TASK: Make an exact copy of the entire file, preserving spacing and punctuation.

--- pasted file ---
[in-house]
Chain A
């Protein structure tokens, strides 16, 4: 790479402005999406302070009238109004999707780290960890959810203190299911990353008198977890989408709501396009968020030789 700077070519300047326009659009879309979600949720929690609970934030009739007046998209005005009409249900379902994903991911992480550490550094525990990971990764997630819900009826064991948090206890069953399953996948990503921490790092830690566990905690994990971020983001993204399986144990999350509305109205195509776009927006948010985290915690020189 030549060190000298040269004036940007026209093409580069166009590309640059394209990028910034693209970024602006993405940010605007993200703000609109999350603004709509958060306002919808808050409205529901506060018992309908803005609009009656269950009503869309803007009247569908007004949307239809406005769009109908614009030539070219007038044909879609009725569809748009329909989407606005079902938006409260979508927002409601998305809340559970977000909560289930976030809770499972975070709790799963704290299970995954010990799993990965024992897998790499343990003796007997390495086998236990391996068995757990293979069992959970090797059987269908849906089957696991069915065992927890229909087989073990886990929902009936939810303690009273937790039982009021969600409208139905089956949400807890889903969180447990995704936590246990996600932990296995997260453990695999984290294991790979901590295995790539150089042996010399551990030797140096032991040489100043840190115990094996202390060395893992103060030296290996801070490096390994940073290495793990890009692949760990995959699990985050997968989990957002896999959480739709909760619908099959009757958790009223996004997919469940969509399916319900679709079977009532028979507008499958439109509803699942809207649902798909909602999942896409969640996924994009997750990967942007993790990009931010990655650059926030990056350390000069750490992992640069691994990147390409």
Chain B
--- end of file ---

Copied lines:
[in-house]
Chain A
């Protein structure tokens, strides 16, 4: 790479402005999406302070009238109004999707780290960890959810203190299911990353008198977890989408709501396009968020030789 700077070519300047326009659009879309979600949720929690609970934030009739007046998209005005009409249900379902994903991911992480550490550094525990990971990764997630819900009826064991948090206890069953399953996948990503921490790092830690566990905690994990971020983001993204399986144990999350509305109205195509776009927006948010985290915690020189 030549060190000298040269004036940007026209093409580069166009590309640059394209990028910034693209970024602006993405940010605007993200703000609109999350603004709509958060306002919808808050409205529901506060018992309908803005609009009656269950009503869309803007009247569908007004949307239809406005769009109908614009030539070219007038044909879609009725569809748009329909989407606005079902938006409260979508927002409601998305809340559970977000909560289930976030809770499972975070709790799963704290299970995954010990799993990965024992897998790499343990003796007997390495086998236990391996068995757990293979069992959970090797059987269908849906089957696991069915065992927890229909087989073990886990929902009936939810303690009273937790039982009021969600409208139905089956949400807890889903969180447990995704936590246990996600932990296995997260453990695999984290294991790979901590295995790539150089042996010399551990030797140096032991040489100043840190115990094996202390060395893992103060030296290996801070490096390994940073290495793990890009692949760990995959699990985050997968989990957002896999959480739709909760619908099959009757958790009223996004997919469940969509399916319900679709079977009532028979507008499958439109509803699942809207649902798909909602999942896409969640996924994009997750990967942007993790990009931010990655650059926030990056350390000069750490992992640069691994990147390409």
Chain B